Technological Collaboration and Knowledge Frameworks: Changing the Cancer Landscape

Sarah Kugler
Robert Fredericks


All knowledge is some form of information, however not all information is knowledge. It is important that patients are equipped with the proper resources and tools in order to distinguish between what is knowledge and what is information in making decisions regarding their health care. Knowledge is defined as information utilized and mobilized to produce a result. Information rather is defined as a collection of data that in itself has no practical purpose until it is processed and mobilized into a coherent language that can be utilized as a resource. It is at this point that information becomes knowledge.

Today, for the first time the medical community is afforded an unprecedented resource that enables the real time and instantaneous sharing of knowledge and information without necessarily being limited to geographical boundaries. Through technology, patients are able to not only for the first time collaborate with one another, as well as with other physicians and experts. What we are increasingly seeing is a shift in the paradigm towards patients who are rather than passive participants, becoming active participants in their health care as well as, some would argue, experts in their own right.

Throughout my career, I have discovered that while the trans-disciplinary approach provided explanatory and supportive power, the disciplines were interlocked in a circular transfer of information without the knowledge of how it should be utilized. The extent to which each sector operates and views itself as an exclusive entity limits the transfer of information between institutions, conflicting with the nature of the system that operates as an interdependent structure.

It became necessary to look beyond the interdisciplinary relationship to the regulating mechanism transcending the limitations of the individual disciplines, and those manifested through their interdependence, the medical system. It is the medical system’s regulatory role that provides this mechanism in requiring the medical framework to harmonize and balance the various perspectives and sectors. The primary purpose of the medical system is to serve the public good through the inclusion of multiple facets of care as well as perspectives. It is vital that the medical system, should it thrive going forward, take a role in encouraging others to seek solutions through knowledge collaboration and technology.

The reliance on the exclusivity of expertise is one of the primary challenges faced today in establishing knowledge-sharing frameworks. In today's quickly advancing technological era the reality of the situation is that the medical team, research, patient institutions and communities must now operate in an interdependence structure as information becomes more available, as well as more accessible, and is accumulating at unprecedented rates.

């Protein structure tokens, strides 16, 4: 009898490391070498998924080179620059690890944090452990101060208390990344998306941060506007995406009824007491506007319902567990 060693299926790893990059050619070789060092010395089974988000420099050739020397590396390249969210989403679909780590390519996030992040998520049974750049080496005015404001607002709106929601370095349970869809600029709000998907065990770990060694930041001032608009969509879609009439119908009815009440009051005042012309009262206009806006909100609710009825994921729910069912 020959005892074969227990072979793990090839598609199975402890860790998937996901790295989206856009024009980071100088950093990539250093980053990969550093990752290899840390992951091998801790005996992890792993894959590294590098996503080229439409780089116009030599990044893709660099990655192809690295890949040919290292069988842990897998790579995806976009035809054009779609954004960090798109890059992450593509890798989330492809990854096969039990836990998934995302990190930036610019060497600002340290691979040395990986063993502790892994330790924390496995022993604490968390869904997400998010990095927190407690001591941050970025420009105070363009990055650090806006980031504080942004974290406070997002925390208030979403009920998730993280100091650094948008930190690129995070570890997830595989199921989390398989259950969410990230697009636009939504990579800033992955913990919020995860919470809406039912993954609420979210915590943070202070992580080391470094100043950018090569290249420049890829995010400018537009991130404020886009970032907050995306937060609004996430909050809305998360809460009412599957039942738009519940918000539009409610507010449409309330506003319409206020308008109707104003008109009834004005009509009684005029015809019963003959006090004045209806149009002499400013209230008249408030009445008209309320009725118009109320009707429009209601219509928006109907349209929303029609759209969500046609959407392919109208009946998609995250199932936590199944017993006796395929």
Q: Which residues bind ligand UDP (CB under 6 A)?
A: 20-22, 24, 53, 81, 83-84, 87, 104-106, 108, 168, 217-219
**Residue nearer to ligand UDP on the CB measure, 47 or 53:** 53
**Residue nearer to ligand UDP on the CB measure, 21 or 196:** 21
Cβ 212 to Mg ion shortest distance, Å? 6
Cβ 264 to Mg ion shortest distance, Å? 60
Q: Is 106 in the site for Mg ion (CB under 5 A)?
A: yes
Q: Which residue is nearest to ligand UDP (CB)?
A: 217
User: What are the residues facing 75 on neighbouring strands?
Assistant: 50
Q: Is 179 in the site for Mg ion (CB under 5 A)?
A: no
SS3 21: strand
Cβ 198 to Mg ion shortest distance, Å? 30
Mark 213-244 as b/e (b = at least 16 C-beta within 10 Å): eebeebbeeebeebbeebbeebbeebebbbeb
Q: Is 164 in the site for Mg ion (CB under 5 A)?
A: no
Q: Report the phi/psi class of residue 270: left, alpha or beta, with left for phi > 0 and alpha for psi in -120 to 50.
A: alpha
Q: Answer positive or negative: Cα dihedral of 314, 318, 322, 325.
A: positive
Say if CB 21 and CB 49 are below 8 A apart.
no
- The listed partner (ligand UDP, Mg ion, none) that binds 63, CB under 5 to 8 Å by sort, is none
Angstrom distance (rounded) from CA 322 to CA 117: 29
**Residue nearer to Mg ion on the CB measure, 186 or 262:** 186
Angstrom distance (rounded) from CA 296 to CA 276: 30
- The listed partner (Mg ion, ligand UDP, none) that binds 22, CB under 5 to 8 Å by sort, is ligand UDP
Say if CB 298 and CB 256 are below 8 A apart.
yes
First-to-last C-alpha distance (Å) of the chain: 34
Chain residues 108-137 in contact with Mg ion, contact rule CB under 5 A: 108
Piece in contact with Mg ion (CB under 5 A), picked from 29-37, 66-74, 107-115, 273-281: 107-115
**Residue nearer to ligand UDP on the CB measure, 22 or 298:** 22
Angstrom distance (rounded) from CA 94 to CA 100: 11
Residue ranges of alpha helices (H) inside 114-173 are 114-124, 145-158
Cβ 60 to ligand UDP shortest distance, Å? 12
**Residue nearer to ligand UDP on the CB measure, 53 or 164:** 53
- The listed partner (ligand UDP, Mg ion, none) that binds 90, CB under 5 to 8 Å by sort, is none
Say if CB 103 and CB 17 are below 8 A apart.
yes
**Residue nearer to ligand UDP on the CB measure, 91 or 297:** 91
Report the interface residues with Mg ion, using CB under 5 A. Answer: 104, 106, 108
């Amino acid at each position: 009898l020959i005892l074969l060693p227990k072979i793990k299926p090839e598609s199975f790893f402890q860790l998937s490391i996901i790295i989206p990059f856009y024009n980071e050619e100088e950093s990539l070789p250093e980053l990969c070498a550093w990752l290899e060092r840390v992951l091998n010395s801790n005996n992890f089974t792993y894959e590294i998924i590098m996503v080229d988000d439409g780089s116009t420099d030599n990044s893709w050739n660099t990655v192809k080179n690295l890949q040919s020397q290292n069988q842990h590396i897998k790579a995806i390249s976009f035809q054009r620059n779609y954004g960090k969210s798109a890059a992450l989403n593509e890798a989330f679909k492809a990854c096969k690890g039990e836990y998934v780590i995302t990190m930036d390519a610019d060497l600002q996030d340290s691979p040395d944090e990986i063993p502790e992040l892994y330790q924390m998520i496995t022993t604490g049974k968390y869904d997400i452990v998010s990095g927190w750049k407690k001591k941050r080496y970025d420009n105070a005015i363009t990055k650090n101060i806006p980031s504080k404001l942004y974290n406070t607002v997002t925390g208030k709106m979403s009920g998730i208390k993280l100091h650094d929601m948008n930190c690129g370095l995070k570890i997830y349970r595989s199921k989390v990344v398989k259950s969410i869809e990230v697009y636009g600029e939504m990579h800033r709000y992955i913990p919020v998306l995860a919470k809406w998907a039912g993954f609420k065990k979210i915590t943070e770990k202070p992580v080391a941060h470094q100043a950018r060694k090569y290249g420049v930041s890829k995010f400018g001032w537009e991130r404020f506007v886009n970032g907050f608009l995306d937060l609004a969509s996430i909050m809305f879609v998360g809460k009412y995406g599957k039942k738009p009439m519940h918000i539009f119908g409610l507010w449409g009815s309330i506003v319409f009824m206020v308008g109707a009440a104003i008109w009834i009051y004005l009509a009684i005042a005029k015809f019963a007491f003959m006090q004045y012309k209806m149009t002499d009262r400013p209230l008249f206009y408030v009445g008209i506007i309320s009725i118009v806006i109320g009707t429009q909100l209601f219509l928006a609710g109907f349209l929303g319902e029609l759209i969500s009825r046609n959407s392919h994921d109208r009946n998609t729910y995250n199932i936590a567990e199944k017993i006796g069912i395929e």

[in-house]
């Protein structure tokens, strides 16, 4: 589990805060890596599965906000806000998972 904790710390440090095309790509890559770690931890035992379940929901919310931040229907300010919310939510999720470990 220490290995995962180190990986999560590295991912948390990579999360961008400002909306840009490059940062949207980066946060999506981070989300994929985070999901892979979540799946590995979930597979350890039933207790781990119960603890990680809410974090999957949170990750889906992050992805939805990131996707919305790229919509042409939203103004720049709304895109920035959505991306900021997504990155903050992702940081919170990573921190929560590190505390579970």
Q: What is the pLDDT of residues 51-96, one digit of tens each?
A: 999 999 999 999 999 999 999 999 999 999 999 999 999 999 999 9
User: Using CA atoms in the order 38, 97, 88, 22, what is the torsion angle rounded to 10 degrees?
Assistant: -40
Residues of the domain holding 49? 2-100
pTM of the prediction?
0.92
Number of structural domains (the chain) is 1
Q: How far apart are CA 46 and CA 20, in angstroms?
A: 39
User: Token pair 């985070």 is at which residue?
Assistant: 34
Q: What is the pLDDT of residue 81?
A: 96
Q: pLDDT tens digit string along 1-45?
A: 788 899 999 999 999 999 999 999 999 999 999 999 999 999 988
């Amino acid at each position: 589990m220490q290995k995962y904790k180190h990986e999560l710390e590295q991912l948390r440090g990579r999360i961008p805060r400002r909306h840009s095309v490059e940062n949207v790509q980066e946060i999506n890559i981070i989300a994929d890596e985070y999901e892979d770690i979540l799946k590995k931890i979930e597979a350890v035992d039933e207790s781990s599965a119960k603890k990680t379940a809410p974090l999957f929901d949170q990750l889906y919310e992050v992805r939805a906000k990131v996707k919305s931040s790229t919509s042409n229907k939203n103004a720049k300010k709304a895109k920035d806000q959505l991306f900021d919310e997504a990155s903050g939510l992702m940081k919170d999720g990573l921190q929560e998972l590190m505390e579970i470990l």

It is through the interconnectedness of these different subsets within the medical community that knowledge and resource sharing hit a rate that has never been seen before in history. In doing so the knowledge-sharing framework allows for the medical system to provide not only the proper research access to expertise and access to the human experience of illness, but this foundation and it's interdependent network will also develop a more efficient system of handling the way that we treat cancer and illness moving into the future.

The shift from a peripheral-patient paradigm to one where the patient is central is dependent upon the inclusion of the practitioner’s and clinician’s interdependence on the human experience, as well as the patient experience, that is derived only through that is the patient. This will result in more value-added markets as research and knowledge increase in response to the rapid modernization and technological diffusion taking place within the medical sector.

In order to establish an efficient interdisciplinary structure, and one that is strong enough to support and maintain a knowledge-sharing framework in a way that is successful for both medical practitioners and patients, we need to look at a couple of key factors.

First, it is vital to review existing policies, incentives, support measures and programs that are in place within the system in order to successfully assess the current progress and where we are going. Second, we need to review both public and private sector involvement in the development of such technology as well as further research development to close the technology gap in the medical sector, hence, furthering the absorptive capacity of technological diffusion of the knowledge sharing frameworks. Third, it is through these technological advancements that patients now have access to these previously unattainable resources 24 hours a day.

We do face challenges ahead in achieving this goal. For example, any lack of communication or understanding of the critical need for knowledge-management frameworks between the private and public sectors will decrease the absorptive capacity of the medical sector, setting us back in terms of both science and technology. The extent to which each paradigm of the medical sector operates and views itself as an exclusive entity, will by its very nature hinder the transfer of information between sectors.

In a nutshell, if we are to look at these issues from the perspective of the totality of the circumstances, what is clear is that these knowledge collaboration frameworks and communities afford to patients access to medical resources, data, studies as well as give patients the opportunity to connect with others. Furthermore not only do they serve as a knowledge and medical resource for patients, to interact with one another and to be able to reach out and find they share similar struggles. 

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